Welcome Change

Britain’s Kennel Club throws down the gauntlet.


On the first day of the Crufts dog show in early March, the Kennel Club in England confirmed that business as usual wasn’t so usual anymore. This year marked the start of reforms put into place after the game-changing BBC documentary – Jemima Harrison’s “Pedigreed Dogs Exposed” – shocked the country with images of dogs so structurally unsound that the normal life of a dog was impossible.

The result? Independent veterinary review of the judges’ selections for Best of Breed Bulldog and Pekingese deemed the dogs too unhealthy to be granted their awards. And this was just on day 1. What’s next?!

I would have liked to have been a fly on the wall in the private rooms at the National Exhibition Centre in Birmingham, where the massive four-day show is held every year. But thanks to the Internet, I didn’t have to be present to get the outrage:

“Please look at what has happened . . . most people have no idea what goes into creating a sound and healthy example of this breed,” someone who follows me on Facebook posted to my wall. And then she linked to a blog post on a dog-show website. “The supposed injuries could not be deemed genetic in origin and in the case of Ch Mellowmood One In A Million, she had passed her health clearances in December of 2011,” she added. “She has also garnered 20 cc’s [top breed honors] as well as the coveted Bulldog of the Year title in 2011 and the Best In Show title in the Bulldog Inc show. Bulldoggers worldwide are united against this ruling!”

Except, well, not. Because while the breed-ring diehards are outraged, the ruling was indeed met with shock among dog-lovers worldwide – shock that at last the dog-show world appears poised to start doing something about the suffering of dogs bred to fashionable extremes.

The fast-dwindling ranks of True Believers see a conspiracy here. From the post on the dog show site:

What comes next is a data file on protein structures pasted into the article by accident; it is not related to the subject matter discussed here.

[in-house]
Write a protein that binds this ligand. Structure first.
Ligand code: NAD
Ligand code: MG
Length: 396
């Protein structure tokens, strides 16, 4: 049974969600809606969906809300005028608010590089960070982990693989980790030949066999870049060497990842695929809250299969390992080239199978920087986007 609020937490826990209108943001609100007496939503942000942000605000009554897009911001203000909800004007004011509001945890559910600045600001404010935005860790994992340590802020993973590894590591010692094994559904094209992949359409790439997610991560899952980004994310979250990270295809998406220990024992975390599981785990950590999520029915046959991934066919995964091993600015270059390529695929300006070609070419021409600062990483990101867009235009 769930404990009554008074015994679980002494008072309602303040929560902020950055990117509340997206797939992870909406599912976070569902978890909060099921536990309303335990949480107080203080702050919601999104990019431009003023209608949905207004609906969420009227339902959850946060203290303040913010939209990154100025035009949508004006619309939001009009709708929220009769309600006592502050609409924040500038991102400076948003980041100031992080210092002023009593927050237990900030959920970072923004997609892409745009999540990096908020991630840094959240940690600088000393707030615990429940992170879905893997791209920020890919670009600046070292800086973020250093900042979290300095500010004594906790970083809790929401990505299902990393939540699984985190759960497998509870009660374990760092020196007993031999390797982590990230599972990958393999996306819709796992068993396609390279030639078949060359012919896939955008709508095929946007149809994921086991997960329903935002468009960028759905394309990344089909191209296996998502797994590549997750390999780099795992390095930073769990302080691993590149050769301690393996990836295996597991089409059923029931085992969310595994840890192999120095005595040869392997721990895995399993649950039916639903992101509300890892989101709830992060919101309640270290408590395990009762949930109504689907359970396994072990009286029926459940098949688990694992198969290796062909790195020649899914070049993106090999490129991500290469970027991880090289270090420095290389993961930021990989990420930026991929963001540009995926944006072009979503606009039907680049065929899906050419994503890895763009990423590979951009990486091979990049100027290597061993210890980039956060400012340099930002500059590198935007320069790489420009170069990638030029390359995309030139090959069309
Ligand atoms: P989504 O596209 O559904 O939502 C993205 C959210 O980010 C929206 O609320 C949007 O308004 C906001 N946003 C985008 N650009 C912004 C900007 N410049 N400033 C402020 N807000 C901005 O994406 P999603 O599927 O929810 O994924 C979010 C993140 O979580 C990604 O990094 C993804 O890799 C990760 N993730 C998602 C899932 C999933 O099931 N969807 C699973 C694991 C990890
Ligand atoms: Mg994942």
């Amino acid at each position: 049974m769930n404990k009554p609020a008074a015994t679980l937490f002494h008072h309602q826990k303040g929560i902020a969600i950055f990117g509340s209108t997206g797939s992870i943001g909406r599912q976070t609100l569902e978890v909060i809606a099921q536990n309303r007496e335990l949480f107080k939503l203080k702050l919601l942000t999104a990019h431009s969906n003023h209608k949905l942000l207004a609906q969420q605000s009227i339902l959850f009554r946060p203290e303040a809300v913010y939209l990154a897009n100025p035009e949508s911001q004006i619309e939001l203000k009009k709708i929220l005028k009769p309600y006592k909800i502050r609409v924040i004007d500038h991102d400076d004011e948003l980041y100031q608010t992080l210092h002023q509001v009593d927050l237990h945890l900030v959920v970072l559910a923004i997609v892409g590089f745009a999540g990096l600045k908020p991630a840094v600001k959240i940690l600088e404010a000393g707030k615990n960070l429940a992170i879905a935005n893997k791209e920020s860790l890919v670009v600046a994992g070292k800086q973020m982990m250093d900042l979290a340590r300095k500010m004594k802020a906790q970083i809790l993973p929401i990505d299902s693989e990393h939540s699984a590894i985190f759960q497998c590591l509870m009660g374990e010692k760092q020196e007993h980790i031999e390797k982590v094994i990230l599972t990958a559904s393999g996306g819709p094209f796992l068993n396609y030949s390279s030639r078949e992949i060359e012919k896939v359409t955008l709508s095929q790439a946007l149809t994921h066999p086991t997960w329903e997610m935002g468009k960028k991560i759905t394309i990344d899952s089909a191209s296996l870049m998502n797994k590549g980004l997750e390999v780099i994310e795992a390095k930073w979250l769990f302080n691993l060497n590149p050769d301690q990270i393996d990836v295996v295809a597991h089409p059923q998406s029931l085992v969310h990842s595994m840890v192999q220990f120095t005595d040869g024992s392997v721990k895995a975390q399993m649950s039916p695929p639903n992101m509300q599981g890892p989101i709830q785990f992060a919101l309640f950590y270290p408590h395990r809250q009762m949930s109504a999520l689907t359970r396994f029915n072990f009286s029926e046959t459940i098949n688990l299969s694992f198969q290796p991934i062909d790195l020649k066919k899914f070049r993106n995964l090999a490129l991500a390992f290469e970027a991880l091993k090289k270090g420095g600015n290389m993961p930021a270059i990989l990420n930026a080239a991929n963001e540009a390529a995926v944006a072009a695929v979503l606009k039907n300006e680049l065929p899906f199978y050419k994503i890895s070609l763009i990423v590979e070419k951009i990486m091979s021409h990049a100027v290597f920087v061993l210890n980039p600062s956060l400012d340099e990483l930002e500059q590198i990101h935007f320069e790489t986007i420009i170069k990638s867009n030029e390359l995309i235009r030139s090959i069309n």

“Now here is the real rub. It is the vet, who may or may not have ever bred a litter in his/her life, who makes the determination as to whether the Breed winner is worthy of the award, not the judge. . . . [M]any of you have already run across vets who are not sympathetic to our hobby.”

Count me in as another who is not sympathetic to the “hobby.” I have attended two world-class veterinary conferences where veterinary surgeons and internists argued that these extreme structural malformations have produced dogs whose respiratory systems are so brutally compromised that they need to have corrective surgery in adolescence to have a chance at a dog’s normal life. If breeding for these traits isn’t animal cruelty, it’s hard to imagine what is.

This blowback is not coming from animal-rights extremists. It’s coming from people who have purebred dogs and love them, people inside the dog-show world as well those who just love a particular breed. And yes, it’s coming from veterinarians who are no longer as willing to shrug sadly and look away from the problems.

Enough. As for those of you who continue to support this dead-end “sport” as it is, well, good luck to you, because you see, common sense, time, and public opinion are all on the other side.

Gina Spadafori is a syndicated pet-care columnist and the author of more than dozen books on animals and their care. She is also the writing partner of “Good Morning America” veterinarian Dr. Marty Becker. After her champion Flat-Coated Retriever was recently diagnosed with a rare cancer that kills up to half of all Flatcoats before the age of 8, she started The McKenzie Project to challenge the closed-registry system that perpetuates health problems in purebred dogs.